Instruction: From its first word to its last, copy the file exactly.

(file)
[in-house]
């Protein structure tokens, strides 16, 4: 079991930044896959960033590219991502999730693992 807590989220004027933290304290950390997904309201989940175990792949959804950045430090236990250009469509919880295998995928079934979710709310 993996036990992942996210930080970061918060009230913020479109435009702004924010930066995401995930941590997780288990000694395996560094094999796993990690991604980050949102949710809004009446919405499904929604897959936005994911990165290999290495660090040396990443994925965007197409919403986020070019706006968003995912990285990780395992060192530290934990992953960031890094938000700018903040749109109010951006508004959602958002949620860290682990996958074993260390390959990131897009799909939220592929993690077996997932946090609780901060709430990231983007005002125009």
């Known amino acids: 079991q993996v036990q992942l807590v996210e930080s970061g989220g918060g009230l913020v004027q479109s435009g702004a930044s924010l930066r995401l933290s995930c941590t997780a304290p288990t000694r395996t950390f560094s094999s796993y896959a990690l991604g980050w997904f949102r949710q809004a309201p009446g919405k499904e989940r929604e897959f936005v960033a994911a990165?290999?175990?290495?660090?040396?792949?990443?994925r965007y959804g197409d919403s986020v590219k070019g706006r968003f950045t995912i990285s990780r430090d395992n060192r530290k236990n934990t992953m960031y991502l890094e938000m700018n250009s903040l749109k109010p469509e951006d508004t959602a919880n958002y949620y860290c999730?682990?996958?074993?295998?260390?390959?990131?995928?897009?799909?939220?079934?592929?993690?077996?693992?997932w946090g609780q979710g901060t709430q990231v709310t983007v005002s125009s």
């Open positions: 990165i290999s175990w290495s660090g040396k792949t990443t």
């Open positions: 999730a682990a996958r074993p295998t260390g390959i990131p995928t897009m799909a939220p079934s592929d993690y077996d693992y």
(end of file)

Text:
[in-house]
């Protein structure tokens, strides 16, 4: 079991930044896959960033590219991502999730693992 807590989220004027933290304290950390997904309201989940175990792949959804950045430090236990250009469509919880295998995928079934979710709310 993996036990992942996210930080970061918060009230913020479109435009702004924010930066995401995930941590997780288990000694395996560094094999796993990690991604980050949102949710809004009446919405499904929604897959936005994911990165290999290495660090040396990443994925965007197409919403986020070019706006968003995912990285990780395992060192530290934990992953960031890094938000700018903040749109109010951006508004959602958002949620860290682990996958074993260390390959990131897009799909939220592929993690077996997932946090609780901060709430990231983007005002125009």
């Known amino acids: 079991q993996v036990q992942l807590v996210e930080s970061g989220g918060g009230l913020v004027q479109s435009g702004a930044s924010l930066r995401l933290s995930c941590t997780a304290p288990t000694r395996t950390f560094s094999s796993y896959a990690l991604g980050w997904f949102r949710q809004a309201p009446g919405k499904e989940r929604e897959f936005v960033a994911a990165?290999?175990?290495?660090?040396?792949?990443?994925r965007y959804g197409d919403s986020v590219k070019g706006r968003f950045t995912i990285s990780r430090d395992n060192r530290k236990n934990t992953m960031y991502l890094e938000m700018n250009s903040l749109k109010p469509e951006d508004t959602a919880n958002y949620y860290c999730?682990?996958?074993?295998?260390?390959?990131?995928?897009?799909?939220?079934?592929?993690?077996?693992?997932w946090g609780q979710g901060t709430q990231v709310t983007v005002s125009s």
């Open positions: 990165i290999s175990w290495s660090g040396k792949t990443t």
């Open positions: 999730a682990a996958r074993p295998t260390g390959i990131p995928t897009m799909a939220p079934s592929d993690y077996d693992y």